Jean Valjean and the Face of God

tn-500_14.01_mir_les_mis_colm3949At the end of Les Misérables, as Jean Valjean lies dying before his beloved daughter Cosette and her husband-to-be Marius, the musical swells to a beautiful arrangement of different musical themes sung by Valjean, a vision of Fantine, and reprising his earlier role, the Bishop of Digne. In this stirring scene, Valjean commends Marius and Cosette to marry and reveals his long-held secret that he, in fact, is prisoner #24601, tired from a life of running from the law. As Valjean sings his last confession, Fantine appears to welcome him into heaven, accompanying his reflection on the grace he has been shown and his attempt to live a life worthy of it. At last, Valjean sees the Bishop, the noble priest who initiated the entirety of Valjean’s redemption by welcoming him to his home, forgiving his crime, and graciously setting him free, transforming him into a new man whose soul has been “bought for God”. Notice the kindness and sacrificial love of the priest as he gives Valjean the candlesticks at the beginning of the musical:

“But my friend you left so early / Surely something slipped your mind / You forgot I gave these also / Would you leave the best behind?”

Here, in Valjean’s final hour, he experiences an almost beatific vision of the priest, surrounded gloriously in candlelight in the 2012 film adaptation, as they sing one of the show’s most gorgeous lines:

“To love another person is to see the face of God”

maxresdefaultNo statement better captures the spiritual center of the story as Valjean fully takes the measure of how strong grace truly is. One simple act of kindness, unmerited yet fully proffered, has the power to transform a filthy sinner into a forgiven saint. Even in his humble and lowly position, the priest became a vessel for Valjean and, by extension, the audience to see the very face of God through his indefinable love for an embittered thief.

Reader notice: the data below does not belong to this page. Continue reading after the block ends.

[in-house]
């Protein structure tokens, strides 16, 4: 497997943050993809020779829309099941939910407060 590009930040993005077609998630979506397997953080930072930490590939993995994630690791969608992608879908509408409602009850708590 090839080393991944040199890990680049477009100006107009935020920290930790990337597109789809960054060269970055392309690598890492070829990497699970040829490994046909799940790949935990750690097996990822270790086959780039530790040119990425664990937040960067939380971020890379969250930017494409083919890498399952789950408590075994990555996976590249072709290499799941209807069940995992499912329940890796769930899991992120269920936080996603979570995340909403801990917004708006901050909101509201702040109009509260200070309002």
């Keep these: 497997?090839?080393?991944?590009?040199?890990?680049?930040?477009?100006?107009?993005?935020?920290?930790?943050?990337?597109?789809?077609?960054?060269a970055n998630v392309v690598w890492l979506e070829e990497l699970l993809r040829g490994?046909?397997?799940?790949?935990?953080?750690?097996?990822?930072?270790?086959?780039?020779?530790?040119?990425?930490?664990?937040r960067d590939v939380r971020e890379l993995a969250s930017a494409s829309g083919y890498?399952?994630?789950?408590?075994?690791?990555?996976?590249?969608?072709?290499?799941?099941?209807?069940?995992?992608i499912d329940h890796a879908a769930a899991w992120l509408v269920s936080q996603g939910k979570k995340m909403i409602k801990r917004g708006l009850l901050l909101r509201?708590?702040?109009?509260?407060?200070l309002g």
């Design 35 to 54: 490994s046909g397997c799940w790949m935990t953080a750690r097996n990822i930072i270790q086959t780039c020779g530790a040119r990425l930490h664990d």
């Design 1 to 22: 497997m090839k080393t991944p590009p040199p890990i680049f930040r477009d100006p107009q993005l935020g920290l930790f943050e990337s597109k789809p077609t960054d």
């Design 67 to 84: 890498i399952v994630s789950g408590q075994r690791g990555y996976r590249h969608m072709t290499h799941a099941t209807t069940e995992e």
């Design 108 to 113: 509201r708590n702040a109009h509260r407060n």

For such wild forgiveness and abundant grace effuses from our Father, the Almighty God who turns slaves into sons and frees us all from the burdens of our many years in prison. Like the Bishop, God offers rest for the weary, comfort for the resentful, love for the unloving and unlovely. Like the Bishop, God transforms the nameless prisoner (24601) into a new man, restored to life, saved not by good works but to them, called to let the grace with which he’s been filled spill over to another. When Valjean is forgiven, he is free to shed his old life and commit himself to a life of service, redeeming little Cosette from her equally dismal life.

In I John 3:16, the apostle describes this love of the Father: “By this we know love, that he laid down his life for us, and we ought to lay down our lives for the brothers” This selflessness characterizes love and, as God is love, draws us closer to His nature. Since we are called to imitate God (Eph. 5:1), learning to love others as He is love is the way forward.

In Romans, “Owe no one anything, except to love each other, for the one who loves another has fulfilled the law.” Incidentally, this truth explains Javert’s ultimate self-destruction. No man so bound to the duties of the law can function, for the law is fulfilled in love; the only way Christ could fulfill the law is in his final breath dying for His friends. As Javert’s inability to cope with such love and grace becomes his undoing, Valjean’s embrace of it in giving his life to Cosette, Marius, and the dozens of young boys at the barricades becomes his way to salvation.

“Above all, keep loving one another earnestly, since love covers a multitude of sins. Show hospitality to one another without grumbling . As each has received a gift, use it to serve one another, as good stewards of God’s varied grace” (I Peter 4:8-10).

Honey, That’s What Takers Do

In the tail end of Ephesians 4, Paul shifts his thoughts from what are, as my dad calls them, the redwoods of theology and doctrine that constitute Ephesians 1-3 (you know, the veritable grab bag of predestination, depravity, progressive sanctification, and a side of nachos) toward the stuff of practical living. He begins in 4:25 with the exhortation to “put away falsehood” and to “not let the sun go down on your anger,” clear encouragement that is forthright and incisive.